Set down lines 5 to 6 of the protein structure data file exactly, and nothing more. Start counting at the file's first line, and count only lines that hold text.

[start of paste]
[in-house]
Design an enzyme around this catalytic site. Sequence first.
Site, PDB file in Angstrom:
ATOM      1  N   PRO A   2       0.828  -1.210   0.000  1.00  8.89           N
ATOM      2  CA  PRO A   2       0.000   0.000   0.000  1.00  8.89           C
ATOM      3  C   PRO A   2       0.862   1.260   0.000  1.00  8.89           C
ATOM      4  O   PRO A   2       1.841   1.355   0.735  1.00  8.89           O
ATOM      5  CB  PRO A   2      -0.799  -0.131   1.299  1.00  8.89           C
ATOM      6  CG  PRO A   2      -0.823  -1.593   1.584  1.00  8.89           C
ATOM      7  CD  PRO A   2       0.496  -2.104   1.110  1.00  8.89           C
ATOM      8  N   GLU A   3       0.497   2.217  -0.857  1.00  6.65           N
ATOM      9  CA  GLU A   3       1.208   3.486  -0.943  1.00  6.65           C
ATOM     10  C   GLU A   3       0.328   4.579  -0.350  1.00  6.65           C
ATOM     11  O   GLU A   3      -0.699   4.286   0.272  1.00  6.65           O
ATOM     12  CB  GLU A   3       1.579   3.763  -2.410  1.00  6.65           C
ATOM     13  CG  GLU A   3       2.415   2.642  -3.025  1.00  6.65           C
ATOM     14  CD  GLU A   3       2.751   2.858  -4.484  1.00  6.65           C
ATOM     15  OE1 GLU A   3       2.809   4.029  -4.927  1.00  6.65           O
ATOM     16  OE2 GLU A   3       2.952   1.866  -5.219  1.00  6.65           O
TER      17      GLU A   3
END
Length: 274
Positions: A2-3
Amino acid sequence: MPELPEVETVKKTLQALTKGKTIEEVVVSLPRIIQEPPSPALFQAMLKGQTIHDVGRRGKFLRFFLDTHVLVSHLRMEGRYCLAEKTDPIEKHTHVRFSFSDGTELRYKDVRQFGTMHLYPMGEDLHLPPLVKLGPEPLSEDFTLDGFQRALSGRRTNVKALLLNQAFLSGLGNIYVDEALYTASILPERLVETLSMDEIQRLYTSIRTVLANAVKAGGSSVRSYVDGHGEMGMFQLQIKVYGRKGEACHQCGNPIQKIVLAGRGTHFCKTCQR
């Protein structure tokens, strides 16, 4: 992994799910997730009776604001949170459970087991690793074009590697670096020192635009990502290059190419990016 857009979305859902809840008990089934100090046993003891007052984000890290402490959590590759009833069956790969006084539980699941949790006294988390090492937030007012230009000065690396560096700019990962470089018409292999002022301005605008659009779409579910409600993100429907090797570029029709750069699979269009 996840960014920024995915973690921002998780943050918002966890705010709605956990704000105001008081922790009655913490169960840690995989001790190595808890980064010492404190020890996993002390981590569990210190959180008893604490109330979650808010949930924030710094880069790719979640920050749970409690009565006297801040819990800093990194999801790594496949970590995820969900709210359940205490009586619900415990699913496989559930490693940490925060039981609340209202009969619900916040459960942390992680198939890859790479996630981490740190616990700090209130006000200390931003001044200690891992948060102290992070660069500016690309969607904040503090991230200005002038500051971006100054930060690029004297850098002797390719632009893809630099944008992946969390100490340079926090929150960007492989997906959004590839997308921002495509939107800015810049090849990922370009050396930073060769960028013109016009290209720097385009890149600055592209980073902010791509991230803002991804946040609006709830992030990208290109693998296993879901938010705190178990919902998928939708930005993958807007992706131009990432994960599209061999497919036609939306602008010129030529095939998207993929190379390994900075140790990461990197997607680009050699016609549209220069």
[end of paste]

ATOM      2  CA  PRO A   2       0.000   0.000   0.000  1.00  8.89           C
ATOM      3  C   PRO A   2       0.862   1.260   0.000  1.00  8.89           C